I generally agree with you, Michelle, but I have to admit I am a fan of labels. I understand their limitations, but they also provide a kind of short-hand that allows us to communicate more easily. If I say I am an attachment parent, many readers will generally know what that means. We could create a whole new chart for the range of attachment parents. The problems arises, as I see it, when we use the label like a Procrustean bed, lopping off or stretching limbs to fit our definition. I guess this is my long-winded way to say I think labels serve a purpose, but they also have serious shortcomings (especially when in the hands of the TLC channel.)

December 4, 2010 | Unregistered CommenterJacob

As someone who practices many things that are labelled extreme, I propose that it is not considered acceptable in our society to really think or care deeply about issues.

When you learn and care, and discuss it or act on it, you automatically distance yourself from the centre core of apathy that makes our world what it is. Then you find that the energy of most people saved up by avoiding facing problems in the real world will be unleashed on you, the annoying outlier. The monkey pack will descend and tear you to pieces.

December 4, 2010 | Unregistered CommenterJess@minimalistmum

The river filled with stones is a wonderful analogy. Unfortunately, people are not stones. Being banged into shape hurts. One of the most heartbreaking stories I ever heard was a mom asking my help in her dialogue with children's services. She breastfeed and practiced attachment parenting, and their idea of helping her out with a colicy, fussy baby had been to send someone out to tell her how to wean the baby, to relieve the stress in her life. When her baby and older child were taken in to care, she pleaded with them to tell her what style of parenting they wanted, since they seemed very much against hers, and their reply was something like, "Oh, you know, just normal." Breastfeeding and constantly holding and getting up in the night for an unhappy baby was not, in their minds, normal. From what she said, it sounded as if she was blamed for exhausting herself to the point of depression by needlessly nursing and carrying this baby.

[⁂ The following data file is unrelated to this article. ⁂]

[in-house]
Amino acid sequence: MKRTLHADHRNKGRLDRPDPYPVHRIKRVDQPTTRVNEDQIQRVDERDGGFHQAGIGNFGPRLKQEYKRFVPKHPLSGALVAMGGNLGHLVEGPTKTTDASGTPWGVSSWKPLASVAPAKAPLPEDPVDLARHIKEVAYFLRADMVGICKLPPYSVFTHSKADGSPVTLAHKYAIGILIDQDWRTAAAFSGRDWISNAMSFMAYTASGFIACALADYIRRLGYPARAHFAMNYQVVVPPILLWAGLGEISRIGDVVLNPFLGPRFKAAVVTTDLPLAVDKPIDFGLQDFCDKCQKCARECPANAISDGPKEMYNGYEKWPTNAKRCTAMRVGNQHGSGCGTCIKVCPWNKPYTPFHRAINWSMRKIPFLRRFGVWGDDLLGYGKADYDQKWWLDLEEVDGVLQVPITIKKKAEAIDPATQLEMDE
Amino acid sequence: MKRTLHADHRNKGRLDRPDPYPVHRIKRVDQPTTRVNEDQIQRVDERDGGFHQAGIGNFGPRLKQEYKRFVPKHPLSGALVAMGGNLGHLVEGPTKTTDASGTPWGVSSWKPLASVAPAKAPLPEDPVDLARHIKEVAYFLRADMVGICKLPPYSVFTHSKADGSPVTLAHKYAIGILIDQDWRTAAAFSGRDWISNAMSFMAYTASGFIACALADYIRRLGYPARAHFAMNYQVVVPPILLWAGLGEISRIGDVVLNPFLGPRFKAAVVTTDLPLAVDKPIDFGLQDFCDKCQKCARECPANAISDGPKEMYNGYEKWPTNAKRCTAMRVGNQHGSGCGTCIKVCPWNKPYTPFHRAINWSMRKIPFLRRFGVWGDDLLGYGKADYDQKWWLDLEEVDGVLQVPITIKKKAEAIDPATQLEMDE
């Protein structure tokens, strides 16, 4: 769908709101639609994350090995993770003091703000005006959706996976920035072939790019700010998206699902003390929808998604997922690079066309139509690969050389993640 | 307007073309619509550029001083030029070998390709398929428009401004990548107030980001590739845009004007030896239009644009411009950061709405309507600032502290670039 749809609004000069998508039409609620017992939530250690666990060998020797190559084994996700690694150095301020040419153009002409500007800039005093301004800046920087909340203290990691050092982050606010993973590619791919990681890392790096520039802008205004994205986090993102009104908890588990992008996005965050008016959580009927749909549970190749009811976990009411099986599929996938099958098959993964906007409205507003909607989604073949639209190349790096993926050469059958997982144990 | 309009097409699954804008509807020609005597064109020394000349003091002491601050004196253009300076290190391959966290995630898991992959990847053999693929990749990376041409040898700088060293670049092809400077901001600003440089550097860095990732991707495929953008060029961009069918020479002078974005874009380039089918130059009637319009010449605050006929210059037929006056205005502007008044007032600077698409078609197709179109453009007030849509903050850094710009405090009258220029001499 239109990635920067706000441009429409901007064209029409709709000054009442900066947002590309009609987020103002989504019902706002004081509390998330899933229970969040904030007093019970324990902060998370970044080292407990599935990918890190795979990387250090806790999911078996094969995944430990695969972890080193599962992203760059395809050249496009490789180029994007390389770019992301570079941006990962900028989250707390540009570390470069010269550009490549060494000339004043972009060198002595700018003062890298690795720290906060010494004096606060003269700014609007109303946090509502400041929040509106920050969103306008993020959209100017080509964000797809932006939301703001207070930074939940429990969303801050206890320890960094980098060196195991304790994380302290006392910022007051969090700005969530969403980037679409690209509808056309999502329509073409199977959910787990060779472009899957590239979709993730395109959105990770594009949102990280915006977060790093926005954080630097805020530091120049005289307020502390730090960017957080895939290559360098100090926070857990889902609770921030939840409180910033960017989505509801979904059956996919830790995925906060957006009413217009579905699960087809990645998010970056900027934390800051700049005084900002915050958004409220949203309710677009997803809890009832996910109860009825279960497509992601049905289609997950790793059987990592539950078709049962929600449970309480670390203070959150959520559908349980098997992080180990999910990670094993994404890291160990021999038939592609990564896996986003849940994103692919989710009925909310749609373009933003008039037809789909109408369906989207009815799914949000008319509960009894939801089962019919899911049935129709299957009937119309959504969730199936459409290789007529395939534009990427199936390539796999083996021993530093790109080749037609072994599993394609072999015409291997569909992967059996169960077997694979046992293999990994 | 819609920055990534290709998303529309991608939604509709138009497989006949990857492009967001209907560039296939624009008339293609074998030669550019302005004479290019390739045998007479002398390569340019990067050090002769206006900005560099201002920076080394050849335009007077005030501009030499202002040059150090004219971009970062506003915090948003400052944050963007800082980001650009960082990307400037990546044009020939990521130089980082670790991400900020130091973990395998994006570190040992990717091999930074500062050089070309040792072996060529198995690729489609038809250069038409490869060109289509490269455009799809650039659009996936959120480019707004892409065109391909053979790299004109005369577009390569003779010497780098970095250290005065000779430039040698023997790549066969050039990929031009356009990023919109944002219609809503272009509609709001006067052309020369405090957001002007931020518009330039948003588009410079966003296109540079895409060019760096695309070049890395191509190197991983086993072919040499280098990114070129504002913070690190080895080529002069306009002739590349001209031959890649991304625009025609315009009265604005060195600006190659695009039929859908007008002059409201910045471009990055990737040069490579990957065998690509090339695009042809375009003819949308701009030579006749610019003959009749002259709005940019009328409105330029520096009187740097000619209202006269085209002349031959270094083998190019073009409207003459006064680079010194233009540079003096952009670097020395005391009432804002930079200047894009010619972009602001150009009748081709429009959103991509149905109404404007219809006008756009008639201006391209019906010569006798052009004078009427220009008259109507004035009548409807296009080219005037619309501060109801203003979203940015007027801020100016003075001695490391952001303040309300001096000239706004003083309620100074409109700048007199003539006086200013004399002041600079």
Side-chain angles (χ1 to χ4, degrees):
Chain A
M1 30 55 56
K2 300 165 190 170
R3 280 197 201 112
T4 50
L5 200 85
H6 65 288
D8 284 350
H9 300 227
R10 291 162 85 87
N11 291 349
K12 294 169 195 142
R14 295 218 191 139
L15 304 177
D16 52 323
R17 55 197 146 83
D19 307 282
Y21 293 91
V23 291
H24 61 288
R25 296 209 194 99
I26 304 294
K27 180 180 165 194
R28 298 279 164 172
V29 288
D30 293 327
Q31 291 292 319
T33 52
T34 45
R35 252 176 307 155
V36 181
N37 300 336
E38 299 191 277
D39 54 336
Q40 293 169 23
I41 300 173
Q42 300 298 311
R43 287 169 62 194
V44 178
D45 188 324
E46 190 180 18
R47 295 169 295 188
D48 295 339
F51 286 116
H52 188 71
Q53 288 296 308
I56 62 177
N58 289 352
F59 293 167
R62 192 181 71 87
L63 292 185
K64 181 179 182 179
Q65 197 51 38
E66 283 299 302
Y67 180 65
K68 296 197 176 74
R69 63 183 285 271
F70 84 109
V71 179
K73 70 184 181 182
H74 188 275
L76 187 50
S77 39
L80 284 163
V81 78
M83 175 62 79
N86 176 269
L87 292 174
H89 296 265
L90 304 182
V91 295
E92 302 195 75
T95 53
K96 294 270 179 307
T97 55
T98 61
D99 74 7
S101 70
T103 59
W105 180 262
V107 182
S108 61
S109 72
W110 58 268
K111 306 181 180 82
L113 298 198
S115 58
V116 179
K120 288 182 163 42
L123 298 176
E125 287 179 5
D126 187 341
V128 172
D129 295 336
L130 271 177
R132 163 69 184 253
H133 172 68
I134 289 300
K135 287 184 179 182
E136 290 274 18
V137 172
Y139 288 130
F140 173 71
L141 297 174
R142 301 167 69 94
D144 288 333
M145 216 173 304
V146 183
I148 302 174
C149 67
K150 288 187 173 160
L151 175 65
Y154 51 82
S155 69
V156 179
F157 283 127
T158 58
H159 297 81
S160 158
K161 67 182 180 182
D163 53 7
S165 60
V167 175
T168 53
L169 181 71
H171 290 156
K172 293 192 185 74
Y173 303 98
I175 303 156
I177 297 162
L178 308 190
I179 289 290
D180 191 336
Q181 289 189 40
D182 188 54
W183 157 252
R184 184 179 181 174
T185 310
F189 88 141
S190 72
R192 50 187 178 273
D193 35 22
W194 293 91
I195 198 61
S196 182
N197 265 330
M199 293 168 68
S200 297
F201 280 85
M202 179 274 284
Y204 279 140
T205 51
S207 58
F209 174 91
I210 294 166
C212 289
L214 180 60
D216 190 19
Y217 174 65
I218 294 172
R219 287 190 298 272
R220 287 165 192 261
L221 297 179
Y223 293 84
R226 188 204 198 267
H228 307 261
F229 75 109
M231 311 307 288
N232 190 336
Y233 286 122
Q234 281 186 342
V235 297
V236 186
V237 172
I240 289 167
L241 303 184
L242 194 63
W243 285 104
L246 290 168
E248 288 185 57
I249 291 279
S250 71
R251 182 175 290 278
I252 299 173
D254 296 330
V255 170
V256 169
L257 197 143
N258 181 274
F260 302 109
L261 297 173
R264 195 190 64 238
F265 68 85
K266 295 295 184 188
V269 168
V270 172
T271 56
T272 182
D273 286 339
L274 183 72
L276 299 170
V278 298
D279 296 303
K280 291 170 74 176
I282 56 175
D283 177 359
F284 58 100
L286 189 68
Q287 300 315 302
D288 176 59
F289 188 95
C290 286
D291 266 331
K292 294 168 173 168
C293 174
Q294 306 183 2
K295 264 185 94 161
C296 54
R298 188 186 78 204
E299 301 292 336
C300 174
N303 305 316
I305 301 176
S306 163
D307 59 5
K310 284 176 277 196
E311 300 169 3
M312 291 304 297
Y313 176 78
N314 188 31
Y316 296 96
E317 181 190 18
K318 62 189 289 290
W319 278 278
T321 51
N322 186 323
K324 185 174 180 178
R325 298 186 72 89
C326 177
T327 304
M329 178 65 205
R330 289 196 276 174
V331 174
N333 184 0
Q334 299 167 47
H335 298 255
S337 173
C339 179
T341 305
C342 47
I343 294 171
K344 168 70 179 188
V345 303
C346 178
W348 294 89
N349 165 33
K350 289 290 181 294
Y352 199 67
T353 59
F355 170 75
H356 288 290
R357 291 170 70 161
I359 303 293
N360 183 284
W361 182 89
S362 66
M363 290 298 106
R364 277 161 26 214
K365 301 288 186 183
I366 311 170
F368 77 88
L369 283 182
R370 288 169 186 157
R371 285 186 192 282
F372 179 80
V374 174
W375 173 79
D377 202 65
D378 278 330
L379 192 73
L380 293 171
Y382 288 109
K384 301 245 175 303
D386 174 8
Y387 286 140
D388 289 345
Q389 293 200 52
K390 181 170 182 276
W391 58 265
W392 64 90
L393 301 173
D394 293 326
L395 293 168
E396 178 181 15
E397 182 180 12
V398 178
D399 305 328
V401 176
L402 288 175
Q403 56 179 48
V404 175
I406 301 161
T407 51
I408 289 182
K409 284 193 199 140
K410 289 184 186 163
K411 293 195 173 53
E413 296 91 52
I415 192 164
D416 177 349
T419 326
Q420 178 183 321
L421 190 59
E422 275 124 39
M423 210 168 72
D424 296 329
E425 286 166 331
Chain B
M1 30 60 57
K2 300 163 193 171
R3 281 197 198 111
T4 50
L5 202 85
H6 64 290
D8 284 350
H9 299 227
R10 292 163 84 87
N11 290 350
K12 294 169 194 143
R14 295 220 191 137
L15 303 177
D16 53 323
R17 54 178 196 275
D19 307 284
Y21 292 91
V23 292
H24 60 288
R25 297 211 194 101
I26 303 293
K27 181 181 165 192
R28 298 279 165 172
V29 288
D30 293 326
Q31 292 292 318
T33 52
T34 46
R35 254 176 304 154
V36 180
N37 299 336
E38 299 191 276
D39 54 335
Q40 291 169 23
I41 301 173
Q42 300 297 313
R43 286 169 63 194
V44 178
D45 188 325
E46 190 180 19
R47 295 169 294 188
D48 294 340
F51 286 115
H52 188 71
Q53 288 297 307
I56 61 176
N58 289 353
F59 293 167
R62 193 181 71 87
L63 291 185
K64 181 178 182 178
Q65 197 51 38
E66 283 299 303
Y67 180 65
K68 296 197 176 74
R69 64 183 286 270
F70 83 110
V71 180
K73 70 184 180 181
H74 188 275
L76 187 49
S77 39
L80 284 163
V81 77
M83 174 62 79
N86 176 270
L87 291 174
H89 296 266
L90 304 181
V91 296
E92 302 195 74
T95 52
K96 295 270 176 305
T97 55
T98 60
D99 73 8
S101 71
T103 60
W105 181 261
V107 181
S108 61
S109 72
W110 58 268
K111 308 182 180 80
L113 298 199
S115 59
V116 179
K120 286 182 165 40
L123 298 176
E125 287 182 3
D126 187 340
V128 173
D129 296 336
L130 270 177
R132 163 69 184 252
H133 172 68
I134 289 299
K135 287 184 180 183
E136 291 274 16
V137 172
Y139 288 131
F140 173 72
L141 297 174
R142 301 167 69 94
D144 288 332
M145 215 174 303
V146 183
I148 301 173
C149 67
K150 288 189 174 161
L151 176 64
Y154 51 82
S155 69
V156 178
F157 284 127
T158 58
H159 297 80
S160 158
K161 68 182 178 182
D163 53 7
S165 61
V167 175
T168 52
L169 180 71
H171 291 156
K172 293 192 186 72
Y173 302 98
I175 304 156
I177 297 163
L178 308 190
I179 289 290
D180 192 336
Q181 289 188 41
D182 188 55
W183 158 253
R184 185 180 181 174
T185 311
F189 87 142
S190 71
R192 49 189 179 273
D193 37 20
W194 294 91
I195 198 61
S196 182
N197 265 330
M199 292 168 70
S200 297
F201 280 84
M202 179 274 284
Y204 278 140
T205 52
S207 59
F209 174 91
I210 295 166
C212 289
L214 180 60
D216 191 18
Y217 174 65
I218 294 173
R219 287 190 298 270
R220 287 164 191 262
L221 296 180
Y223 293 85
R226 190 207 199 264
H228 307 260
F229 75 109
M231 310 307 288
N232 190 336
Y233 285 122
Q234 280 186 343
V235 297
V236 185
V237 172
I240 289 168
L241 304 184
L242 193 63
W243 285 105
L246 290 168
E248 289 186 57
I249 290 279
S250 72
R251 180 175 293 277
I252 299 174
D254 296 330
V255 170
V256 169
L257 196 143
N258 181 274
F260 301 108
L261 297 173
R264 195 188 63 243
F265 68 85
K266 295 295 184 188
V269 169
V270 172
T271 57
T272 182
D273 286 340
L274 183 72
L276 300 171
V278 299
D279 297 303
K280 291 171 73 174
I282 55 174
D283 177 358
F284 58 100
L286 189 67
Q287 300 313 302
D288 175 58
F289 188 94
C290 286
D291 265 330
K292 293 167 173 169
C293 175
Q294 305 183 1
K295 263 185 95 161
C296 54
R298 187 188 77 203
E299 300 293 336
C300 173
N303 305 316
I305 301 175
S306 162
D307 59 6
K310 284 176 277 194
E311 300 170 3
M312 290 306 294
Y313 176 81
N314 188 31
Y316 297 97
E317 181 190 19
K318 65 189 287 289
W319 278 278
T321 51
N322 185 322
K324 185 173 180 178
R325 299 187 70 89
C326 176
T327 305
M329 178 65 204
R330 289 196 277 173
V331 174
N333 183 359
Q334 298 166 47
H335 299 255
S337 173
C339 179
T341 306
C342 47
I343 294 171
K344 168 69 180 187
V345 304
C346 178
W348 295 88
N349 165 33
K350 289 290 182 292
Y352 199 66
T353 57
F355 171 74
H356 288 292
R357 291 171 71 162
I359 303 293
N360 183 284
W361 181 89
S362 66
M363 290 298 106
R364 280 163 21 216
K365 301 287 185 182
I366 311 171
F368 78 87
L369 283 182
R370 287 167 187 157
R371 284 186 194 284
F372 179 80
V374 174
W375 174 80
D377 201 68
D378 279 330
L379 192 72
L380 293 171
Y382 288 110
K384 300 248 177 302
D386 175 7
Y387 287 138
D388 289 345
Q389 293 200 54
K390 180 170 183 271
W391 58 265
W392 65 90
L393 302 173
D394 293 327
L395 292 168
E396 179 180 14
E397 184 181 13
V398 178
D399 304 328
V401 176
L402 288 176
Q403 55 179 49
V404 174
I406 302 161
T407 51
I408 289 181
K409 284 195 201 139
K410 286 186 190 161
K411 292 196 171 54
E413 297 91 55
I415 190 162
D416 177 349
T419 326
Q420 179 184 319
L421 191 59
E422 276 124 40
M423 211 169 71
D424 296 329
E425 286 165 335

Criticism and negative labeling are bad enough to experience for any mother, but moms who need to work with a health or social services agency (or a school board) may find themselves really getting chewed up. Then the label of "bad mom" can mean: your children are coming with us. Being acultural can suddenly become illegal.

December 4, 2010 | Unregistered CommenterHelen

I totally see the need to quantify what is going on in the world with parents and trends these days. The sad part is, we're all just moms surviving and we should be able to recognize our own reasons for parenting a certain way. Sometimes they are a good fit and other times they aren't.

In my community, I see a lot of bullies in all corners. It's consumed my thoughts more days than not, about how it's become such a question of right or wrong.